"Project 523," was set up in 1967 by Chairman Mao Zedong, who wanted to help Communist troops fighting in the mosquito-ridden jungles of Vietnam, where they were losing more soldiers to malaria than bullets.
"We needed a totally new structured antimalarial to deal with the drug resistance. I accepted the task," Tu recalled in 2011
She scoured ancient texts and folk manuals and traveled to remote parts of the country for clues, ultimately collecting 2,000 potential remedies. She whittled these down to 380 and tested each one on mice.
One of the compounds tested reduced the number of malaria parasites in the rodents' blood. Derived from sweet wormwood, its use as a treatment for malaria was first recorded in 1600 years ago in China, when a manual recommended drinking juice extracted from the plant.
Her discovery resulted in the drug artemisinin -- humankind's best defense against the mosquito-borne disease, which kills 450,000 people each year.
On Monday, she was one of a trio of scientists awarded the Nobel Prize for medicine
Rao Yi, a Chinese neurobiologist, says it's a miracle the compound was discovered at all, given that most of China's universities and research institutes were shut down as red guards ran riot across the country during the Cultural Revolution, which began in 1966 and continued for more than a decade.
Many scientists, especially those with Western training, were persecuted, he co-wrote in an academic paper published in Science China.
As a result, it wasn't until 1977 the first academic paper on artemisinin was published. The first English-language research wasn't published until 1982.
Louis A. Miller, at the U.S. National Institute of Allergy and Infectious Diseases, said that many scientists would have given up after early tests showed mixed results. Tu perfected her extraction techniques after realizing that high temperatures were killing the active ingredient.
She also volunteered to be the new compound's first human test subject.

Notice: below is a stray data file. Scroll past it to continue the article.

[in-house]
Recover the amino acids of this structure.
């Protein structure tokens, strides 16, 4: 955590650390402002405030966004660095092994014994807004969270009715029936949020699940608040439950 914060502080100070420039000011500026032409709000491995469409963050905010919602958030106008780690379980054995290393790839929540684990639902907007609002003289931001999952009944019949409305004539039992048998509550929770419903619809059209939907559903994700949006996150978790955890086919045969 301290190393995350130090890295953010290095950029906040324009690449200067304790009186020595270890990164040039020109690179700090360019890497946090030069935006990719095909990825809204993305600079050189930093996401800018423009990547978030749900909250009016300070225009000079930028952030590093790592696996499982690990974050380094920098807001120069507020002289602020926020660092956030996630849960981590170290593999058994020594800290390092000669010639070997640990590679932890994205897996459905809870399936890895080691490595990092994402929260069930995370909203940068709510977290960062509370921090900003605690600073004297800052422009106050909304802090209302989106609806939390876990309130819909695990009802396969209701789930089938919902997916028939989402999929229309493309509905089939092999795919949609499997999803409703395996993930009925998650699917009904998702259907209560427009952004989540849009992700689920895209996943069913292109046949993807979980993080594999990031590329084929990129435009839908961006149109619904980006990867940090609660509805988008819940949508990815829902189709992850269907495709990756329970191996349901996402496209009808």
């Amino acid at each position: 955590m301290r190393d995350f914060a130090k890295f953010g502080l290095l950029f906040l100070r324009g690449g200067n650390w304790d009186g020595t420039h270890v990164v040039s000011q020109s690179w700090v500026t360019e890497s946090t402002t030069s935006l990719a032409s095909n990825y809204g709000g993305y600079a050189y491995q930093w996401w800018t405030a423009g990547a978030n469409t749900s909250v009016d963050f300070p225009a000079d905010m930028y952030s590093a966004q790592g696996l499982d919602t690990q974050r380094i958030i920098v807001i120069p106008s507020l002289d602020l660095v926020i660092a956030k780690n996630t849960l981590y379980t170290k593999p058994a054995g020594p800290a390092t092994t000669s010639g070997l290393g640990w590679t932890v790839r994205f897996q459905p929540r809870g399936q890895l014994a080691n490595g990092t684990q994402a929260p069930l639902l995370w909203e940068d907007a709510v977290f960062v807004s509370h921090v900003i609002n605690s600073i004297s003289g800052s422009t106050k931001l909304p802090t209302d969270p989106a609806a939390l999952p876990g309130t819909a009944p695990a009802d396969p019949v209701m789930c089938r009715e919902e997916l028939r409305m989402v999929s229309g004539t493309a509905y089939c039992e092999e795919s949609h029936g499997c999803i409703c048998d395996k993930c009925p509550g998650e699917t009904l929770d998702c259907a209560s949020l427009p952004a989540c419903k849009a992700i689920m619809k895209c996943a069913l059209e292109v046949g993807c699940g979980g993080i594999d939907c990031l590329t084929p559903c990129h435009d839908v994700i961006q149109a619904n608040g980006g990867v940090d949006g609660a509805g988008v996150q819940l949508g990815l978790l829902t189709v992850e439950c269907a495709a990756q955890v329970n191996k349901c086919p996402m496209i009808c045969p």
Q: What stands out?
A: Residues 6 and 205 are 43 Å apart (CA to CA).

"Many people... would have dropped and looked for other things but she pereserved until she had something that worked 100%," Miller told the Lasker Foundation, which awarded Tu America's highest medical accolade in 2011 -- the Lasker-DeBakey Clinical Medical Research Award.
Since 2000, more than 1 billion artemisinin-based treatment courses have been administered to malaria patients, according to
the World Health Organization, contributing to the successful control of Malaria in several endemic countries.
Today, artemisinin compounds form the backbone of malaria treatment and are used in combination therapy to reduce the risk of the development of resistance. Although its success means that there's a risk of resistance problems resurfacing again.
Lu Aiping, dean of Chinese medicine at Hong Kong's Baptist University, hopes the prize will encourage scientists, both inside and outside China, to explore traditional herbal remedies for new drugs.
Artemisinin is not the only success. Salvianolic acid A, extracted from the root of a danshen plant and ligustrazine, are showing promise as treatments for heart disease. Lu believes there will be many more.
Lu worked with Tu at the China Academy of Chinese Medical Sciences in Beijing, describing her as "focused" and "concentrated" on her work.
"You definitely couldn't describe her as easygoing."
According to the neurobiologist Rao, Tu cuts a controversial figure in China's scientific community and some feel her recognition has come at the expense other participants in the "523" mission.
"We hope that the Chinese public won't fall into hero worship, that they should not ignore the efforts of the others," the paper co-written by Rao said.
Tu made a nod to these sentiments after the award was announced.
"The discovery of artemisinin was an example of successful collective efforts," she told Xinhua, China's news official agency. "It's a gift that traditional Chinese medicine has for the world."